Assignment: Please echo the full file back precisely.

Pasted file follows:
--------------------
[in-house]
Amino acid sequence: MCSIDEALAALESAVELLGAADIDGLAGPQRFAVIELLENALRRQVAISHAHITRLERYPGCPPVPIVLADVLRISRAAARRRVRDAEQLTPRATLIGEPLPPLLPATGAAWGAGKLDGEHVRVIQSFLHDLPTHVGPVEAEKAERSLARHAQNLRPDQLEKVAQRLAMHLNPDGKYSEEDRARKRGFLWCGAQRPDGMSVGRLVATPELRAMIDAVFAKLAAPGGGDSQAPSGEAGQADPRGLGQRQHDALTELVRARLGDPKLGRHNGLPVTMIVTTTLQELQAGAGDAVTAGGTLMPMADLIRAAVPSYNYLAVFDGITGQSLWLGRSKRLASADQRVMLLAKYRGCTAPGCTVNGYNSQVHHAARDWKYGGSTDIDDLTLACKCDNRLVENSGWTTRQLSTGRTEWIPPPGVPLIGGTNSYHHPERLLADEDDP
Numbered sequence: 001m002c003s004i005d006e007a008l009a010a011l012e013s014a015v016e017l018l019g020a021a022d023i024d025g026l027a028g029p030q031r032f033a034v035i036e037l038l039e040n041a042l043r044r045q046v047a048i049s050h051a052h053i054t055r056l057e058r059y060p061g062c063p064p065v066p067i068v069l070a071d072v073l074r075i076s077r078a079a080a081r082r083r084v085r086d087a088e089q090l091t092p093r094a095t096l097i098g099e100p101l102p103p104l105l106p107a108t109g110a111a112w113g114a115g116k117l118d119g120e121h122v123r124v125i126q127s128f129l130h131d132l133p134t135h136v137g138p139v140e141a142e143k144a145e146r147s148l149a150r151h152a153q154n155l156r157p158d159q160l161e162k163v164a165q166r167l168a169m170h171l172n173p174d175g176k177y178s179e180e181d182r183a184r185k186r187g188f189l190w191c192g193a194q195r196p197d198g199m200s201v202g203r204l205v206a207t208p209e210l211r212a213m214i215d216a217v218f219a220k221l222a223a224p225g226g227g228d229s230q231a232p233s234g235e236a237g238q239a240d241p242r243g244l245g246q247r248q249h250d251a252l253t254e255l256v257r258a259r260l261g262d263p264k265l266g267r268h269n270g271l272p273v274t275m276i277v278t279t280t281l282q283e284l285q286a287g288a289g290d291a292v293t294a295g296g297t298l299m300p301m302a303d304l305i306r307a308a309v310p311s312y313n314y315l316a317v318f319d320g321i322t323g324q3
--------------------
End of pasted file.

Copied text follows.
[in-house]
Amino acid sequence: MCSIDEALAALESAVELLGAADIDGLAGPQRFAVIELLENALRRQVAISHAHITRLERYPGCPPVPIVLADVLRISRAAARRRVRDAEQLTPRATLIGEPLPPLLPATGAAWGAGKLDGEHVRVIQSFLHDLPTHVGPVEAEKAERSLARHAQNLRPDQLEKVAQRLAMHLNPDGKYSEEDRARKRGFLWCGAQRPDGMSVGRLVATPELRAMIDAVFAKLAAPGGGDSQAPSGEAGQADPRGLGQRQHDALTELVRARLGDPKLGRHNGLPVTMIVTTTLQELQAGAGDAVTAGGTLMPMADLIRAAVPSYNYLAVFDGITGQSLWLGRSKRLASADQRVMLLAKYRGCTAPGCTVNGYNSQVHHAARDWKYGGSTDIDDLTLACKCDNRLVENSGWTTRQLSTGRTEWIPPPGVPLIGGTNSYHHPERLLADEDDP
Numbered sequence: 001m002c003s004i005d006e007a008l009a010a011l012e013s014a015v016e017l018l019g020a021a022d023i024d025g026l027a028g029p030q031r032f033a034v035i036e037l038l039e040n041a042l043r044r045q046v047a048i049s050h051a052h053i054t055r056l057e058r059y060p061g062c063p064p065v066p067i068v069l070a071d072v073l074r075i076s077r078a079a080a081r082r083r084v085r086d087a088e089q090l091t092p093r094a095t096l097i098g099e100p101l102p103p104l105l106p107a108t109g110a111a112w113g114a115g116k117l118d119g120e121h122v123r124v125i126q127s128f129l130h131d132l133p134t135h136v137g138p139v140e141a142e143k144a145e146r147s148l149a150r151h152a153q154n155l156r157p158d159q160l161e162k163v164a165q166r167l168a169m170h171l172n173p174d175g176k177y178s179e180e181d182r183a184r185k186r187g188f189l190w191c192g193a194q195r196p197d198g199m200s201v202g203r204l205v206a207t208p209e210l211r212a213m214i215d216a217v218f219a220k221l222a223a224p225g226g227g228d229s230q231a232p233s234g235e236a237g238q239a240d241p242r243g244l245g246q247r248q249h250d251a252l253t254e255l256v257r258a259r260l261g262d263p264k265l266g267r268h269n270g271l272p273v274t275m276i277v278t279t280t281l282q283e284l285q286a287g288a289g290d291a292v293t294a295g296g297t298l299m300p301m302a303d304l305i306r307a308a309v310p311s312y313n314y315l316a317v318f319d320g321i322t323g324q3